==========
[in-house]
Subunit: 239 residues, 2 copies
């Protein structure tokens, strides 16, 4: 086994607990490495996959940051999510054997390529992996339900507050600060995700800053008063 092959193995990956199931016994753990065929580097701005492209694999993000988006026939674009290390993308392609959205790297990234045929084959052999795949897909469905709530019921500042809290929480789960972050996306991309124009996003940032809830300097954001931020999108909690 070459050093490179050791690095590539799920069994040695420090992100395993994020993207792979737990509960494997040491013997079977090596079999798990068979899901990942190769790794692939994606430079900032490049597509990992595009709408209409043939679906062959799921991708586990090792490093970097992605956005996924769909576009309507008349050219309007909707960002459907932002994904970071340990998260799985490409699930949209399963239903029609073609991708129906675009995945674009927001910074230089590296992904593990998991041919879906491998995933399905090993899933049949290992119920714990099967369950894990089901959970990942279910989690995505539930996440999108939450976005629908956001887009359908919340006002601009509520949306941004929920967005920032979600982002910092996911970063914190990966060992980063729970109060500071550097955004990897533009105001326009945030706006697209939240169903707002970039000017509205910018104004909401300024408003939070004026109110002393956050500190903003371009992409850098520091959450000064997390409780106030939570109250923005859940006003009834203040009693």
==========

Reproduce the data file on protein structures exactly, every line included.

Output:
[in-house]
Subunit: 239 residues, 2 copies
């Protein structure tokens, strides 16, 4: 086994607990490495996959940051999510054997390529992996339900507050600060995700800053008063 092959193995990956199931016994753990065929580097701005492209694999993000988006026939674009290390993308392609959205790297990234045929084959052999795949897909469905709530019921500042809290929480789960972050996306991309124009996003940032809830300097954001931020999108909690 070459050093490179050791690095590539799920069994040695420090992100395993994020993207792979737990509960494997040491013997079977090596079999798990068979899901990942190769790794692939994606430079900032490049597509990992595009709408209409043939679906062959799921991708586990090792490093970097992605956005996924769909576009309507008349050219309007909707960002459907932002994904970071340990998260799985490409699930949209399963239903029609073609991708129906675009995945674009927001910074230089590296992904593990998991041919879906491998995933399905090993899933049949290992119920714990099967369950894990089901959970990942279910989690995505539930996440999108939450976005629908956001887009359908919340006002601009509520949306941004929920967005920032979600982002910092996911970063914190990966060992980063729970109060500071550097955004990897533009105001326009945030706006697209939240169903707002970039000017509205910018104004909401300024408003939070004026109110002393956050500190903003371009992409850098520091959450000064997390409780106030939570109250923005859940006003009834203040009693």